Shape speaks to artist Damien Robinson about her involvement in our second Tate Exchange programme Ghosts in the Machine, at Tate Modern from 1 to 4 March, where she’ll be leading a free workshop: Object-orientation.

Shape: Welcome Damien! We are very pleased to have you on board as an artist-facilitator for our second Tate Exchange programme Ghosts in the Machine, taking place at Tate Modern from 1 to 4 March. Can you tell us a bit about yourself and your practice?

Damien: It's great to have been invited to take part!

I'm an Essex-based artist working with digital and found media, mixing 'low' approaches with higher-tech equipment and strategies. I often re-purpose and recycle found and donated materials, which helps me explore the technology we use and discard, and the content it conveys. Much of my work has socially engaged elements, involving collaboration with other artists and the wider public. I self-identify as D/deaf and as disabled, and this is an important element that influences the way I work. For example, the inaccessibility of many development and learning opportunities has led to me working out a number of techniques without support, and unwittingly distorting 'the rules' of how equipment should be used or processes followed. In turn this allows me to discover new processes and outcomes. I now see this as an influential and positive aspect of my practice.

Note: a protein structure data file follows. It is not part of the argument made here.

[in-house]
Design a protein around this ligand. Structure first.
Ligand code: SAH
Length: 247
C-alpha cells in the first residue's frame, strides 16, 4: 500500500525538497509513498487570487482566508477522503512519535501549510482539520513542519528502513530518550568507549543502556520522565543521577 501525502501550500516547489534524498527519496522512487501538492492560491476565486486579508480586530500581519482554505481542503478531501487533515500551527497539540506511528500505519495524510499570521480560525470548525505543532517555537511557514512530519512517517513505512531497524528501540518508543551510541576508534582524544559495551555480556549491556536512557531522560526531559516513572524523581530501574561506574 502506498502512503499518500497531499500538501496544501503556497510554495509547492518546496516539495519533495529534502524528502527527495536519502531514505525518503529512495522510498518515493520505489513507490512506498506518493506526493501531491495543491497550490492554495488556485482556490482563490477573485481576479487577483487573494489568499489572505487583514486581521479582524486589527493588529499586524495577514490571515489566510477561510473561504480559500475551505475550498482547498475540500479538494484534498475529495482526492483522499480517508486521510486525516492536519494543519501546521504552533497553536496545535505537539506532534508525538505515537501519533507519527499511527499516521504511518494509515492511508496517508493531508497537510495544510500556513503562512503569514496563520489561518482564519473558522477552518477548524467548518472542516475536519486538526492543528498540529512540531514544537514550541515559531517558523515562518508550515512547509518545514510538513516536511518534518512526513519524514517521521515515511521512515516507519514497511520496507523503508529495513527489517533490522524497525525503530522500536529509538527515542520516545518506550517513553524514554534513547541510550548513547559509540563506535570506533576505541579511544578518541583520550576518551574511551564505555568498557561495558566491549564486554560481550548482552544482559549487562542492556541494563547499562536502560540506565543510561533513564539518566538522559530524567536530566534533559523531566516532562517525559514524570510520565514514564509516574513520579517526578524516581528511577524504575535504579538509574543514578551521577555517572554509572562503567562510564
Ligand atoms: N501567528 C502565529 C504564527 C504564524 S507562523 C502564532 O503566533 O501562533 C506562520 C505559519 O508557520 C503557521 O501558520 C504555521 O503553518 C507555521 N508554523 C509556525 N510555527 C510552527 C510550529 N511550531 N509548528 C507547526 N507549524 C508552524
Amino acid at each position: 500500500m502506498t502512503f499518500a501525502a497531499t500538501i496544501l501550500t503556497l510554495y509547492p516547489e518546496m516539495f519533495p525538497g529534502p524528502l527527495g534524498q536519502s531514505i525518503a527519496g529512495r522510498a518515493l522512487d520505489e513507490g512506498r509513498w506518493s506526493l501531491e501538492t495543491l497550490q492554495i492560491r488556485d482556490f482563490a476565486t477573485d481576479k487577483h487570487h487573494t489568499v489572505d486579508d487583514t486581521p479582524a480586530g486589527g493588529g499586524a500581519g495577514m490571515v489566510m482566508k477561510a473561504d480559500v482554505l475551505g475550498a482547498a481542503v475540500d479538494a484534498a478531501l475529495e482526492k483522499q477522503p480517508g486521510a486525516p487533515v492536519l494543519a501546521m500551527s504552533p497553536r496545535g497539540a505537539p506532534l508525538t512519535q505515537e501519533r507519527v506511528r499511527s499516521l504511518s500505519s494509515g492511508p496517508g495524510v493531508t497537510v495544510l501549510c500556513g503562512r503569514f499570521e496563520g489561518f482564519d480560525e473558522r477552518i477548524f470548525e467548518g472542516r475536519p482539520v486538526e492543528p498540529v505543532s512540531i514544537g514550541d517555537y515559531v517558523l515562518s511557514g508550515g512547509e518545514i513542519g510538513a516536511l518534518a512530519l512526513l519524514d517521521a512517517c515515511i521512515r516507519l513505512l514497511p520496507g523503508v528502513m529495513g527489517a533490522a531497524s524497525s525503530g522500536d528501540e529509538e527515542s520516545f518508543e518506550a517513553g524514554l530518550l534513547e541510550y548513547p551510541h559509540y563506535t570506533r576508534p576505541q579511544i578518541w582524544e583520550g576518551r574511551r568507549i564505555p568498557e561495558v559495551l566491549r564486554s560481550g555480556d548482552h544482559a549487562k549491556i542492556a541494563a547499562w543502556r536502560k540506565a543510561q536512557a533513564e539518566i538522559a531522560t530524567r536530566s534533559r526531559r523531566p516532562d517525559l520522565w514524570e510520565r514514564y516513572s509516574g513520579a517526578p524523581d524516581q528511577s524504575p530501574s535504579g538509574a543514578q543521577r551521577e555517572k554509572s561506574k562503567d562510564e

S: ‘Object-orientation’ is the title of your four-day photography workshop at Ghosts in the Machine. What exactly can visitors expect and how will they be able to participate?

D: Object-orientation uses two photographic processes; you can try both techniques, though not in the same workshop slot.